I'm one of those guy's that are hard on this industry but I have spent most of my career managing employees and I think that this is preventable accident is not the total fault of the employee that did the transfer. Yes he was not at his post but poor design of the system gave him no support and that should be changed. I'll leave it up to his company as to what the consequences are for his actions but I personally would not fire him as there is plenty of blame to go around.

    http://www.ec.gc.ca/lcpe-cepa/default.asp?lang=En&n=61B26EE8&printfullpage=true#ws3D31E94D
    http://www.bbfd.ca/doc/2014_bc_fuel_guidelines_6th_edition.pdf
    http://www.ec.gc.ca/rs-st/default.asp?lang=En&n=400DB49F-1
     
    SpringFever552 likes this.
  10. Birdsnest

    Birdsnest Well-Known Member


    GLG you have no idea what happened prior to this event in terms of the training or direction of that staff member or members. I find it telling that you would make the assumption that it is not the primary fault of the employee prior a full investigation. None of us really know any of this information. Can you explain how you can come to your conclusions before an an enquiry into how specifically this played out?
     
  11. GLG

    GLG Well-Known Member

  12. GLG

    GLG Well-Known Member

    I never said that it was not the primary fault of the employee but I'm not ready to throw him under the bus like some. All I'm saying is this is a preventable accident and we have the technology to prevent this type of thing. If fish farms want to be known as "World Class" then they need to pickup their game. Yes I am sure that an investigation will take place and some good will come out of this mess but I find it telling that some feel the root cause is the employee and to me that is not true it's deeper then that.
     
  13. Birdsnest

    Birdsnest Well-Known Member

    I have not stated it is the fault of the employee. I was not there and I have not seen a report. I have stated that you find it fitting to draw conclusions with little to no confirmed information.
     
  14. GLG

    GLG Well-Known Member

    This from the newspaper report.....

    Cermaq Canada, which owns the farm in Echo Bay, about 70 kilometres from Port Hardy, said it "highly regrets" the incident.

    Brock Thomson, Cermaq's regional production manager, said staff contacted the coast guard just after 5 a.m. Sunday once the spill was discovered. Employees deployed equipment on site and when it was light out they gathered as much gear as they could from other farms in the area, he said.

    Thomson said staff were transferring fuel from one tank to another and left the nozzle unattended, which led to the release of the diesel.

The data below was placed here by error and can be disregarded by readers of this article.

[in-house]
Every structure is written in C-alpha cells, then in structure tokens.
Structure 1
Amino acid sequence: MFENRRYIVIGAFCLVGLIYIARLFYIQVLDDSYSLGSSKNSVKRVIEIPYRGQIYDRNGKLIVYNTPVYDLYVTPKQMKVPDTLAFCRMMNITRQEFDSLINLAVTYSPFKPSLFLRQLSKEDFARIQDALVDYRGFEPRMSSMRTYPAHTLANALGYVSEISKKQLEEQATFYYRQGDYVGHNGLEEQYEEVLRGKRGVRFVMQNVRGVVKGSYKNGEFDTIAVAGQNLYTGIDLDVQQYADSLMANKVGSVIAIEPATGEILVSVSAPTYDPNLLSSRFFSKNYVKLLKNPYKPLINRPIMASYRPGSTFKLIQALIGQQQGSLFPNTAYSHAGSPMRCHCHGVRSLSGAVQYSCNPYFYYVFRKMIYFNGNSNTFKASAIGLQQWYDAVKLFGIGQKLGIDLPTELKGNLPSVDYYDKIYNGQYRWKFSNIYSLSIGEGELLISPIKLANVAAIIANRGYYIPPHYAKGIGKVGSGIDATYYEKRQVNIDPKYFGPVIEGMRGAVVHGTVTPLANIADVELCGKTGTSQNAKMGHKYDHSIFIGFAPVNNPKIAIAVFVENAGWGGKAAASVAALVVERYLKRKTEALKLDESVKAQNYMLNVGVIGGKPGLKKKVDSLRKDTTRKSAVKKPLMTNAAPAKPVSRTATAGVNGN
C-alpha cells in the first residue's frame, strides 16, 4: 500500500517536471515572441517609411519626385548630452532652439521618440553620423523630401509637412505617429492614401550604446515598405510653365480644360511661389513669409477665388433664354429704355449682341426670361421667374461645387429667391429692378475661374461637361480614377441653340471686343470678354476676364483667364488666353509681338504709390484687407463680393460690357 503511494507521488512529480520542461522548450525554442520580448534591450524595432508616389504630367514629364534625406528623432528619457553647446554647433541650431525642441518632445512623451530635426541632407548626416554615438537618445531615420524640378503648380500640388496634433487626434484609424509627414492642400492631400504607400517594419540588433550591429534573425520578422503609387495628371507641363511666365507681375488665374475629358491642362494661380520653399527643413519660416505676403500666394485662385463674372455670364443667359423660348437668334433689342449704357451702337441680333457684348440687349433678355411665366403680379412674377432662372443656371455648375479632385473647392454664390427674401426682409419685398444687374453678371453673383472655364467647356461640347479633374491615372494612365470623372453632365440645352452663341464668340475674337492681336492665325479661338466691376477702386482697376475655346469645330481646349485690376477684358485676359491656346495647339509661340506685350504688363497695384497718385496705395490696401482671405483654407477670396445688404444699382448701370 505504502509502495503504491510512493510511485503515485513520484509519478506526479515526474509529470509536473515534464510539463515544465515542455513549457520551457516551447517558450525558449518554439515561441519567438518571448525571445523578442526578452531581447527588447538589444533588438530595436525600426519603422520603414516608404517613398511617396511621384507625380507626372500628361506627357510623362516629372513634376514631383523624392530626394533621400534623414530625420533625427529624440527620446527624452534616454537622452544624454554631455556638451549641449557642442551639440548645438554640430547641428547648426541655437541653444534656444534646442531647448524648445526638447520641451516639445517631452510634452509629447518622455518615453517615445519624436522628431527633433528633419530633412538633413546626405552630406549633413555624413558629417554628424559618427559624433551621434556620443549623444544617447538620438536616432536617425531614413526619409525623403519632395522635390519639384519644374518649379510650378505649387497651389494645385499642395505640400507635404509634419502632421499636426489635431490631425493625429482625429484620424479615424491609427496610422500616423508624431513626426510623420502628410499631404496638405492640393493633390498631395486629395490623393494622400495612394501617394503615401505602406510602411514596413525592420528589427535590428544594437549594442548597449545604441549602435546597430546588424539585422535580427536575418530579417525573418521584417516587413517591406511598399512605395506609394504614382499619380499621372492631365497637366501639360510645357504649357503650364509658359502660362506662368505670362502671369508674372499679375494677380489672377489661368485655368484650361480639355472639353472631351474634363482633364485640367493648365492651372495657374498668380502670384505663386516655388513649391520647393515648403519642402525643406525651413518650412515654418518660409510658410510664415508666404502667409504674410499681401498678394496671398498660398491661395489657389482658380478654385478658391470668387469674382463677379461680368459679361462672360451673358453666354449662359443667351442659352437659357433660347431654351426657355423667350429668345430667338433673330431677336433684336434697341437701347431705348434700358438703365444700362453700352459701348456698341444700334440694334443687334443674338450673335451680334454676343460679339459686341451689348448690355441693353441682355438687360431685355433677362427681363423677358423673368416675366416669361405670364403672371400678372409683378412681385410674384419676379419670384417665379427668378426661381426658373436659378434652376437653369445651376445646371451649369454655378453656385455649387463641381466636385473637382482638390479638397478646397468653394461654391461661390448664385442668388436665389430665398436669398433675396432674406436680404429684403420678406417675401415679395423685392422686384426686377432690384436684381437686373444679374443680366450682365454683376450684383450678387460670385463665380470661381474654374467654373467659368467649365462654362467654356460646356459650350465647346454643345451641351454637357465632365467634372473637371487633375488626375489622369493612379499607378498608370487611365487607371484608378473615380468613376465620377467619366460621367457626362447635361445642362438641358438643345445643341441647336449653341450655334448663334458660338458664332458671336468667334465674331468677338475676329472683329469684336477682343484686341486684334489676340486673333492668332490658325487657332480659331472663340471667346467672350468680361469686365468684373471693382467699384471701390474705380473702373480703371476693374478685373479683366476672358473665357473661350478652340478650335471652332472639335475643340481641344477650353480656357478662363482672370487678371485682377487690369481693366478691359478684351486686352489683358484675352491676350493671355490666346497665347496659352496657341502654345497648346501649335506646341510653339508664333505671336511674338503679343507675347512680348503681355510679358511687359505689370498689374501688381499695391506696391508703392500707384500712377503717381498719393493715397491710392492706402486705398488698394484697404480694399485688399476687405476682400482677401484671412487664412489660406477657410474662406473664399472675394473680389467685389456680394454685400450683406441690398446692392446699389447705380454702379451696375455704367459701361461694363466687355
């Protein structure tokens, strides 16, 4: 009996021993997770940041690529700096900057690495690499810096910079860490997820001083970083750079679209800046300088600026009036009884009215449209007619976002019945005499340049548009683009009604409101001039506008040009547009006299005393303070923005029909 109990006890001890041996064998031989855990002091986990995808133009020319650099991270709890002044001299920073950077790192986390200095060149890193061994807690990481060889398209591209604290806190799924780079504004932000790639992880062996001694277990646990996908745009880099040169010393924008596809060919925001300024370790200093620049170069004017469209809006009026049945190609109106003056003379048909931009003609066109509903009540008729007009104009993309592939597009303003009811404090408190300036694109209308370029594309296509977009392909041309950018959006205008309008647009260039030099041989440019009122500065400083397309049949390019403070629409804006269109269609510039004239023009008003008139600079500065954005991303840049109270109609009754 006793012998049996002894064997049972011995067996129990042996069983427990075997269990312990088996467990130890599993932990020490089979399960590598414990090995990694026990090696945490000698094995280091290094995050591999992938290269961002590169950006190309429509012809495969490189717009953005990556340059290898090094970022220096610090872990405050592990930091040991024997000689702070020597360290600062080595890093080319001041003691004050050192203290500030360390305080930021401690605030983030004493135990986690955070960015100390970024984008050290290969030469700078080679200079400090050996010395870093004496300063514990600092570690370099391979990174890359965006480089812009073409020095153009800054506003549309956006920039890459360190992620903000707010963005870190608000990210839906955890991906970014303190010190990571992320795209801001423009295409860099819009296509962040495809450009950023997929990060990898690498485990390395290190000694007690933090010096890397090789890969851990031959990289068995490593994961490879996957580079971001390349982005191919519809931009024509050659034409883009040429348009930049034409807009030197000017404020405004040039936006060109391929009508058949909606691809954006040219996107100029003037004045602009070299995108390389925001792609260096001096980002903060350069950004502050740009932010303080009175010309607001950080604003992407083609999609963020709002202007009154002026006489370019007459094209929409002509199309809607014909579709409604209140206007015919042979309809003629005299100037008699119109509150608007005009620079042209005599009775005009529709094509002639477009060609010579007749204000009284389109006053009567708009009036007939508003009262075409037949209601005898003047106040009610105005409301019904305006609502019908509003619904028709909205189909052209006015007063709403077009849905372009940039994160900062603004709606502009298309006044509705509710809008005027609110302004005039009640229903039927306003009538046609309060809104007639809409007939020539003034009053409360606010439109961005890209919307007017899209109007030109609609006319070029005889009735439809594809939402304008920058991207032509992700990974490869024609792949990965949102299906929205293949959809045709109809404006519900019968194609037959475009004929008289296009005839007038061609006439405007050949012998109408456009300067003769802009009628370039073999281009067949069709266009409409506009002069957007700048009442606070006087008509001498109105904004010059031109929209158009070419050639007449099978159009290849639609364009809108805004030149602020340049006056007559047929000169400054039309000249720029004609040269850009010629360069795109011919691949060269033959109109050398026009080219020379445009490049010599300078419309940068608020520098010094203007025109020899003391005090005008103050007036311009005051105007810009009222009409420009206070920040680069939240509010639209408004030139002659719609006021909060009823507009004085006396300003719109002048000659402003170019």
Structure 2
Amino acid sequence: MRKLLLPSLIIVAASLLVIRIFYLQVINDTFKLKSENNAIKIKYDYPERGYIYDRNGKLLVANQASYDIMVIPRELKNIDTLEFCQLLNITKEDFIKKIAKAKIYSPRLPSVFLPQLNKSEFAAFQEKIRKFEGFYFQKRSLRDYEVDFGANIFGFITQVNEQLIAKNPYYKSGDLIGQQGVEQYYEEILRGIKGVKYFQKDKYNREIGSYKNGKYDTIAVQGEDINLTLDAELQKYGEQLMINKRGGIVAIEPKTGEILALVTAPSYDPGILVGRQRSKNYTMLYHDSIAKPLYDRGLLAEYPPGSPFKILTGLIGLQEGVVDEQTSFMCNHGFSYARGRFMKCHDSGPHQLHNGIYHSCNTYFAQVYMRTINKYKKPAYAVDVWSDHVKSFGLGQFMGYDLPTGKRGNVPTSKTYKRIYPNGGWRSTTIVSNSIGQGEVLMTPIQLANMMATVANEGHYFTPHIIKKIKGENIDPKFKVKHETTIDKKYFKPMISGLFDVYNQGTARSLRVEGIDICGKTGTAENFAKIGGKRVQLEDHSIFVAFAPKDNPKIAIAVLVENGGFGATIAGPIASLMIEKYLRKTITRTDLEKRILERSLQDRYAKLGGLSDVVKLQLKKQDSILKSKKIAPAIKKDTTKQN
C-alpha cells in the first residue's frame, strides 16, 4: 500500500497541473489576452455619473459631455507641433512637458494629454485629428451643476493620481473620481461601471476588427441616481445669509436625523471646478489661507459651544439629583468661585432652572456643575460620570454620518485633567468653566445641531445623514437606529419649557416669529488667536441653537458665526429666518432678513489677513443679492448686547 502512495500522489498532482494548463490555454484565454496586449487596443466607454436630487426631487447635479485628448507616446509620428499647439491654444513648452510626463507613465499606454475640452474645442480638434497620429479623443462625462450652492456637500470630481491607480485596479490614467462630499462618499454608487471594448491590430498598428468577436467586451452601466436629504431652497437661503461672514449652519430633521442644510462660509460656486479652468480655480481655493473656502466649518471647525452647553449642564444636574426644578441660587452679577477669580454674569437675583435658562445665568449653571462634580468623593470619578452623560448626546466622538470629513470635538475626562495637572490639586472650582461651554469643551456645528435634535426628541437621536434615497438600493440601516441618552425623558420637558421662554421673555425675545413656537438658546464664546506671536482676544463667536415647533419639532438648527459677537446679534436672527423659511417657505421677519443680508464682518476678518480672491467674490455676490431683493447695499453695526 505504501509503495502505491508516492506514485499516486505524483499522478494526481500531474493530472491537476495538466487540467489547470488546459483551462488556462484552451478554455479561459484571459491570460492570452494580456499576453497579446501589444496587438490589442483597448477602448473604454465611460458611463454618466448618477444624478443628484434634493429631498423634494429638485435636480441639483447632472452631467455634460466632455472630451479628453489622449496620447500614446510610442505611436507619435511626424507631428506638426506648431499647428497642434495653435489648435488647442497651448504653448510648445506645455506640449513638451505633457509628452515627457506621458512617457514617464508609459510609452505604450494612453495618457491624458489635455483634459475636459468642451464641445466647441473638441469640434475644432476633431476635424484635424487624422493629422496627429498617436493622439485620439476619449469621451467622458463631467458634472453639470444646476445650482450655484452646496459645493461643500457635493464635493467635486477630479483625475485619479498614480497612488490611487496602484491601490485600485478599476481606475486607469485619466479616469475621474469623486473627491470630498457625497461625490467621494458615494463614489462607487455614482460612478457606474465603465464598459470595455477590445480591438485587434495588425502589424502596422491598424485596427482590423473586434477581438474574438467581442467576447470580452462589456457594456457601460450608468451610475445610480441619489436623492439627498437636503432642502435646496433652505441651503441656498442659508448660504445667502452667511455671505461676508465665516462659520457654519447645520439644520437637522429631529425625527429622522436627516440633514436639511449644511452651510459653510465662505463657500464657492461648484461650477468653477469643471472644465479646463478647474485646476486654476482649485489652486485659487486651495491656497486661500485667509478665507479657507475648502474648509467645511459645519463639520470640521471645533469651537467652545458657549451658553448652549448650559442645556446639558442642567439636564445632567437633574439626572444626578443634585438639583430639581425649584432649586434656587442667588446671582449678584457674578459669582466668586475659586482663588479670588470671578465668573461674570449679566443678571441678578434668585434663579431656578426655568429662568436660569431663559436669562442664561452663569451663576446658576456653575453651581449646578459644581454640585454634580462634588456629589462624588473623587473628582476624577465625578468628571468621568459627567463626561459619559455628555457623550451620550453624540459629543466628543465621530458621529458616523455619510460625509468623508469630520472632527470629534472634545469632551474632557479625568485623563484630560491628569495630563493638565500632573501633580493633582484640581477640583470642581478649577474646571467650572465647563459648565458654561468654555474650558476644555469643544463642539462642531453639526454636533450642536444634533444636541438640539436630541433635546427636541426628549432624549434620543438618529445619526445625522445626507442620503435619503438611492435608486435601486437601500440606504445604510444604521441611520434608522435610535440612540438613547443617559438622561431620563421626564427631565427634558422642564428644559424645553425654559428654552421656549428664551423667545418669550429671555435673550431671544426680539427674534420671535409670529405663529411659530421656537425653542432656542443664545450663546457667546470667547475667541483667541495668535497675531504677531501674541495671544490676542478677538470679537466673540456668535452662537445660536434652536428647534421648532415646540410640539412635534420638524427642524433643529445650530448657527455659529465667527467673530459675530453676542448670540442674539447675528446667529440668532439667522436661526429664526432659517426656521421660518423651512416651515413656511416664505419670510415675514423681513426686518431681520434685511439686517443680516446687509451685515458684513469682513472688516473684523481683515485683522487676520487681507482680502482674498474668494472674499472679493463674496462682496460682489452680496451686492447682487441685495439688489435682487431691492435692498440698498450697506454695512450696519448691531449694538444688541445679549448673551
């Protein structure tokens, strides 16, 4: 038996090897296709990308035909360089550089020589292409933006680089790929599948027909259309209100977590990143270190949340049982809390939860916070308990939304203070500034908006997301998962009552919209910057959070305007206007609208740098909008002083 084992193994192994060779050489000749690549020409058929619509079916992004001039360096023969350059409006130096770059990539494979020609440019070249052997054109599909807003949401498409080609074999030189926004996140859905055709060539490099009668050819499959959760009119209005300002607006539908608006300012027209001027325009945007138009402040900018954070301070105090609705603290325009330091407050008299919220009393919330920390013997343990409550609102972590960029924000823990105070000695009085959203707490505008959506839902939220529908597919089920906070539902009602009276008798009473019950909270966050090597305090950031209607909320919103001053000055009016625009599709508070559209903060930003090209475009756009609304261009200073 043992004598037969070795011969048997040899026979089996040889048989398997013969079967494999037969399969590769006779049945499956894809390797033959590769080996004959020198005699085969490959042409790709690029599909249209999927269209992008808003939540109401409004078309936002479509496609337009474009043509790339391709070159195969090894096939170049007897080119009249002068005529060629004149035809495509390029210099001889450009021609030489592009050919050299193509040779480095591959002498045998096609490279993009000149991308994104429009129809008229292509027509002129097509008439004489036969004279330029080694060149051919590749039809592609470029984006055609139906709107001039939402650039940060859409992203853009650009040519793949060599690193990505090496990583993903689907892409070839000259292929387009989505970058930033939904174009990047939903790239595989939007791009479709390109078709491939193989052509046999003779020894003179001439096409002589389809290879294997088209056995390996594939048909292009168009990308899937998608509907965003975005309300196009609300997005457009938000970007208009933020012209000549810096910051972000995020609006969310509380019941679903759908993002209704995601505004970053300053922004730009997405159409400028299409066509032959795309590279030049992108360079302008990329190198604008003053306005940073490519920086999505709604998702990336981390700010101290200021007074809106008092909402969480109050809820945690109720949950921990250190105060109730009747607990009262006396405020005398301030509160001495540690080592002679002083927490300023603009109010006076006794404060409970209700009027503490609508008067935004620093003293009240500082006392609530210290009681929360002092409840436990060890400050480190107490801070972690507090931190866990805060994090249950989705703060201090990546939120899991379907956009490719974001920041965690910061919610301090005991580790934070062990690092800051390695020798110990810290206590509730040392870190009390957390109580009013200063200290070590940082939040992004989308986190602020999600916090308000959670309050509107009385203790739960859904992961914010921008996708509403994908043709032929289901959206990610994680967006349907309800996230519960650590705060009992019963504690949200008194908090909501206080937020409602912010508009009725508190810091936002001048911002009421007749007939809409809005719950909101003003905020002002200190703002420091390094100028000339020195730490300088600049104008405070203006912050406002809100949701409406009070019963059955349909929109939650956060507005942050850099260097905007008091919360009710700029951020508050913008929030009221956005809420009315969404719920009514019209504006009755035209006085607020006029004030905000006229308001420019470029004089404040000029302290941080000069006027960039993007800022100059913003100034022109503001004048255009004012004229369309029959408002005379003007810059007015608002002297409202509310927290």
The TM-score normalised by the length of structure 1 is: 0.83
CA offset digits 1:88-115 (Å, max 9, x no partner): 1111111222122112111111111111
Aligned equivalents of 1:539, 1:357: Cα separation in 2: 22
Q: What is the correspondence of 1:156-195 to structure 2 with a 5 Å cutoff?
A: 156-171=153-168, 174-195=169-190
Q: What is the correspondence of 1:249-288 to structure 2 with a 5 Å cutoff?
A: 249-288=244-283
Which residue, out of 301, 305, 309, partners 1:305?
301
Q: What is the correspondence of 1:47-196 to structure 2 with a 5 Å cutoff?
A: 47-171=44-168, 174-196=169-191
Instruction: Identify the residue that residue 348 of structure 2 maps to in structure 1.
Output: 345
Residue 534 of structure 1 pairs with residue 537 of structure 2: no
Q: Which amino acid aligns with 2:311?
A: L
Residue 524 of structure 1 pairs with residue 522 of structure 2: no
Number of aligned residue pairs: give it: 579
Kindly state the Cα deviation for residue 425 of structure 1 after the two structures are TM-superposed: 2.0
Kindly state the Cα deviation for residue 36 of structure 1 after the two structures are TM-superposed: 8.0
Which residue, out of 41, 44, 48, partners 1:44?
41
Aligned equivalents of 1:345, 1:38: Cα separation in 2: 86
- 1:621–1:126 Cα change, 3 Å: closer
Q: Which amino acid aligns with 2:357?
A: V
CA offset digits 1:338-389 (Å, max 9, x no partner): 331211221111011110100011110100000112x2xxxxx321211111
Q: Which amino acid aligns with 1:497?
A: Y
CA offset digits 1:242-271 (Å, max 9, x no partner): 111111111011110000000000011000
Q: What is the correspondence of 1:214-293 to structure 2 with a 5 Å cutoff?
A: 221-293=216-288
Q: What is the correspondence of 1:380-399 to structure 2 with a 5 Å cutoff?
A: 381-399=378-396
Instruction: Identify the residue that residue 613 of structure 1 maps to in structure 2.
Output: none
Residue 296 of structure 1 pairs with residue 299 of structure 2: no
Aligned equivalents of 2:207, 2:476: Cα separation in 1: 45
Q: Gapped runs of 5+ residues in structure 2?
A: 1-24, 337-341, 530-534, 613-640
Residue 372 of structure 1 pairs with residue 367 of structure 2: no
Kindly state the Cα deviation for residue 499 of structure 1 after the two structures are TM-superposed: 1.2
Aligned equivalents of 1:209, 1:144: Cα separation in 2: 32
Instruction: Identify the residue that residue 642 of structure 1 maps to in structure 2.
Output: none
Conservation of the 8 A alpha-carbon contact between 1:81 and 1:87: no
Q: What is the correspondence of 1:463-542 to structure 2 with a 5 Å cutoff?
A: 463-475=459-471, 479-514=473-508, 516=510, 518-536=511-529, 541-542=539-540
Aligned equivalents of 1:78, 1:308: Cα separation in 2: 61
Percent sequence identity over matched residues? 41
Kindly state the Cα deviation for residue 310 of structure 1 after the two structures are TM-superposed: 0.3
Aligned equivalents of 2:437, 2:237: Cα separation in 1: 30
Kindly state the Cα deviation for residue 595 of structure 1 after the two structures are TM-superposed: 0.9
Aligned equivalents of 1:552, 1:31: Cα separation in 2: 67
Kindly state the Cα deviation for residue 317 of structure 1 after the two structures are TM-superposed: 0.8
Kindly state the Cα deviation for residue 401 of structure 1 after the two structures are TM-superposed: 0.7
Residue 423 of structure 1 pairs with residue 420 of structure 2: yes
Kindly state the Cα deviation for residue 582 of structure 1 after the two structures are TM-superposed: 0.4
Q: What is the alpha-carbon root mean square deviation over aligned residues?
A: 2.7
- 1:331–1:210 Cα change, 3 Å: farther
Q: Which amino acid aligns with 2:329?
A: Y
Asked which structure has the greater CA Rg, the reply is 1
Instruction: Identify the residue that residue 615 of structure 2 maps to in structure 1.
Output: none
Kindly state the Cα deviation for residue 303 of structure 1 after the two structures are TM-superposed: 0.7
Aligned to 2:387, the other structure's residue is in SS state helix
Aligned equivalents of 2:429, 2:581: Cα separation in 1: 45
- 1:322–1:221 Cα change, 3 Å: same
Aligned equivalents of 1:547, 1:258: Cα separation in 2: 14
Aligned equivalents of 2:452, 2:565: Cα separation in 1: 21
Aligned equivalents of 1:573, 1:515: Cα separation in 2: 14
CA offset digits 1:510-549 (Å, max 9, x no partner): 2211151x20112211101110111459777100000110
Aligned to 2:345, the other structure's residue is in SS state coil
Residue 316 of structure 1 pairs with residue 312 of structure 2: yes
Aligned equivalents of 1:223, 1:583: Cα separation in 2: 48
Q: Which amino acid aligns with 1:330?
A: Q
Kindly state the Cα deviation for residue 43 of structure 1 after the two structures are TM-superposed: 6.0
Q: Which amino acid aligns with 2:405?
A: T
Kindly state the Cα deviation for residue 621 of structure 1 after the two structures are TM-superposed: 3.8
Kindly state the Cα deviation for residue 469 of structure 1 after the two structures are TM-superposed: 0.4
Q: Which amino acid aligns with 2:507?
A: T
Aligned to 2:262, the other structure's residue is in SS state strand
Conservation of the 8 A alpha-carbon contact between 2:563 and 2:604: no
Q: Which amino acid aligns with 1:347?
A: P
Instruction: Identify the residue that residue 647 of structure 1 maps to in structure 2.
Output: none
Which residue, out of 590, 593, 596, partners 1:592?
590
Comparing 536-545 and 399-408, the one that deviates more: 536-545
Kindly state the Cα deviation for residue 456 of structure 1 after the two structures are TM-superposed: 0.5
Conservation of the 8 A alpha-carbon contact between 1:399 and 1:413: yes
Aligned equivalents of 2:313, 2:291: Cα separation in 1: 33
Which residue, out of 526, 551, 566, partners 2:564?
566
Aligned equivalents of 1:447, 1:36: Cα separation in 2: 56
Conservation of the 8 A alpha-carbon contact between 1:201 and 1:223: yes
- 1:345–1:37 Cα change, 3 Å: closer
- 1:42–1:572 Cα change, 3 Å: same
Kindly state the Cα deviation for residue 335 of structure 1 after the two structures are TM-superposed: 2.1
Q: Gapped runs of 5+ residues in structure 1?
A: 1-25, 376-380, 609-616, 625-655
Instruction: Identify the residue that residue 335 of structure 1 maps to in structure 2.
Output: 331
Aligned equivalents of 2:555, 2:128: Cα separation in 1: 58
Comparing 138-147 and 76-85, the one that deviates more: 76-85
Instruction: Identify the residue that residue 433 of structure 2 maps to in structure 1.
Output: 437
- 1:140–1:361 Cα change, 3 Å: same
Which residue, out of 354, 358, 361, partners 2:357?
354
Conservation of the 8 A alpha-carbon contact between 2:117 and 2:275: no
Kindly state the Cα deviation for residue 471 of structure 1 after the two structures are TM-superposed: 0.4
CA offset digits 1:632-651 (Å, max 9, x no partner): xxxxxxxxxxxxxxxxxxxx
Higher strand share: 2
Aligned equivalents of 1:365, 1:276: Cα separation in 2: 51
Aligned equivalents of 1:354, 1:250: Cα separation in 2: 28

"The long and short of it is the root cause of the release was human error," he said.


    It's Cermaq that threw their employee under the bus and I'm saying that's not the root cause. There is plenty of blame to go around with company and the federal government and to just blame the employee is nonsense.

    It's a effing mess but I don't want to see just one person singled out and hung out to dry when a preventable accident like this should not have happened in the first place. That's what world class means.
     
    bigdogeh likes this.
  15. Bear

    Bear Member

    There are specific procedures to be followed so incidents like this do not happen. The employee did not follow those procedures. These type of issues happen and there is no real consequence for the employee. Why should the employer take the fall for some employee that cannot or will not follow instructions? Why should the rest of us pick up the tab for their stupidity? There should be consequences for ones actions, both good and bad. Seems in today's society we reward good and ignore bad.
     
  16. Clint r

    Clint r Well-Known Member

    Yep. I'd like to see a reprimand for the employee and a fine for the company. Big enough to sting so that an actual lesson is learned and not a "cost of doing business" size.
     
    Last edited: Mar 8, 2017
    bigdogeh likes this.
  17. bones

    bones Well-Known Member

    Sounds pretty reasonable Clint r
     
    Clint r likes this.
  18. Clint r

    Clint r Well-Known Member

    Thanks Bones. Nobody needs to lose their job over what could be an honest mistake. But one thing I don't understand is how a pump can run with no one attending it? There should be no way to pump fuel without someone physically squeezing the pump handle.
     
  19. trophywife

    trophywife Well-Known Member

    routine is to attend while filling , turn off the electric pump then the ball valve at the tank when yer done... someone missed this routine.
     
  20. gone fishin

    gone fishin Member

    Who pays for the clean up and all the related costs.
    If the fish farm salmon are unmarketable, who covers that loss